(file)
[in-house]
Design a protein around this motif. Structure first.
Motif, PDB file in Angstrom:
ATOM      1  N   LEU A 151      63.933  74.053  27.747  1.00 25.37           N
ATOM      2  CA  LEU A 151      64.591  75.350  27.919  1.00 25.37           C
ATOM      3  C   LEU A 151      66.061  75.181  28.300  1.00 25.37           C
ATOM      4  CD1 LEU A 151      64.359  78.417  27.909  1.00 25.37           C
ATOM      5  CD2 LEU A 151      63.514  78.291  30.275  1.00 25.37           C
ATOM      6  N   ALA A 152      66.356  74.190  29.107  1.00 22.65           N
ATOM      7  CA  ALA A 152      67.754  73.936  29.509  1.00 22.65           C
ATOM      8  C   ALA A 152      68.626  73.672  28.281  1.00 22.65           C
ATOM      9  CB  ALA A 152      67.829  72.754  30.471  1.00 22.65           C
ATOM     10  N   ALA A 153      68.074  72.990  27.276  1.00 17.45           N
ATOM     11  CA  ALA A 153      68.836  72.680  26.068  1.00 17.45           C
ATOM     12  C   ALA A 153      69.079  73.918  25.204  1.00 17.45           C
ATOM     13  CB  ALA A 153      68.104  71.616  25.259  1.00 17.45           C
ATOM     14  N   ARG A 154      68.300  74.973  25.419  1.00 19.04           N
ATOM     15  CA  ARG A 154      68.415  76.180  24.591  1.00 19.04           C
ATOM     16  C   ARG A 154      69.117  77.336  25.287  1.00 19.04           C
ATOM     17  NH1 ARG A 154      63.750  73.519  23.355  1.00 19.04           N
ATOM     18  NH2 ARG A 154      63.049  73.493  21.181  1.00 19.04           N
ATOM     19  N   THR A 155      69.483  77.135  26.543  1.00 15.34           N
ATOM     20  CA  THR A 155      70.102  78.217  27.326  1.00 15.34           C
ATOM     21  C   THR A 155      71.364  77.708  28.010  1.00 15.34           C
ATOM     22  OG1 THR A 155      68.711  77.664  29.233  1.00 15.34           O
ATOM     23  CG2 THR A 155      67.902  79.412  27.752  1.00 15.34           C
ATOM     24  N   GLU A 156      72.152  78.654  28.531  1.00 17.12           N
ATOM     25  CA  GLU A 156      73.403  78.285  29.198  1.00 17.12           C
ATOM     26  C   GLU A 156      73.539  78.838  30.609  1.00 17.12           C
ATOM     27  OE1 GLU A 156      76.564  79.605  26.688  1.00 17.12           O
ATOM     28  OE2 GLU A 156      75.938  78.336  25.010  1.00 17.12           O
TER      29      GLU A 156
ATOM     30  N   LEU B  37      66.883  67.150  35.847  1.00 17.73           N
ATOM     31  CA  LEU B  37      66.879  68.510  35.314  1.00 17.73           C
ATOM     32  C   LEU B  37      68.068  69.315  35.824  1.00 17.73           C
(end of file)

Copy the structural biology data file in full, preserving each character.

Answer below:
[in-house]
Design a protein around this motif. Structure first.
Motif, PDB file in Angstrom:
ATOM      1  N   LEU A 151      63.933  74.053  27.747  1.00 25.37           N
ATOM      2  CA  LEU A 151      64.591  75.350  27.919  1.00 25.37           C
ATOM      3  C   LEU A 151      66.061  75.181  28.300  1.00 25.37           C
ATOM      4  CD1 LEU A 151      64.359  78.417  27.909  1.00 25.37           C
ATOM      5  CD2 LEU A 151      63.514  78.291  30.275  1.00 25.37           C
ATOM      6  N   ALA A 152      66.356  74.190  29.107  1.00 22.65           N
ATOM      7  CA  ALA A 152      67.754  73.936  29.509  1.00 22.65           C
ATOM      8  C   ALA A 152      68.626  73.672  28.281  1.00 22.65           C
ATOM      9  CB  ALA A 152      67.829  72.754  30.471  1.00 22.65           C
ATOM     10  N   ALA A 153      68.074  72.990  27.276  1.00 17.45           N
ATOM     11  CA  ALA A 153      68.836  72.680  26.068  1.00 17.45           C
ATOM     12  C   ALA A 153      69.079  73.918  25.204  1.00 17.45           C
ATOM     13  CB  ALA A 153      68.104  71.616  25.259  1.00 17.45           C
ATOM     14  N   ARG A 154      68.300  74.973  25.419  1.00 19.04           N
ATOM     15  CA  ARG A 154      68.415  76.180  24.591  1.00 19.04           C
ATOM     16  C   ARG A 154      69.117  77.336  25.287  1.00 19.04           C
ATOM     17  NH1 ARG A 154      63.750  73.519  23.355  1.00 19.04           N
ATOM     18  NH2 ARG A 154      63.049  73.493  21.181  1.00 19.04           N
ATOM     19  N   THR A 155      69.483  77.135  26.543  1.00 15.34           N
ATOM     20  CA  THR A 155      70.102  78.217  27.326  1.00 15.34           C
ATOM     21  C   THR A 155      71.364  77.708  28.010  1.00 15.34           C
ATOM     22  OG1 THR A 155      68.711  77.664  29.233  1.00 15.34           O
ATOM     23  CG2 THR A 155      67.902  79.412  27.752  1.00 15.34           C
ATOM     24  N   GLU A 156      72.152  78.654  28.531  1.00 17.12           N
ATOM     25  CA  GLU A 156      73.403  78.285  29.198  1.00 17.12           C
ATOM     26  C   GLU A 156      73.539  78.838  30.609  1.00 17.12           C
ATOM     27  OE1 GLU A 156      76.564  79.605  26.688  1.00 17.12           O
ATOM     28  OE2 GLU A 156      75.938  78.336  25.010  1.00 17.12           O
TER      29      GLU A 156
ATOM     30  N   LEU B  37      66.883  67.150  35.847  1.00 17.73           N
ATOM     31  CA  LEU B  37      66.879  68.510  35.314  1.00 17.73           C
ATOM     32  C   LEU B  37      68.068  69.315  35.824  1.00 17.73           C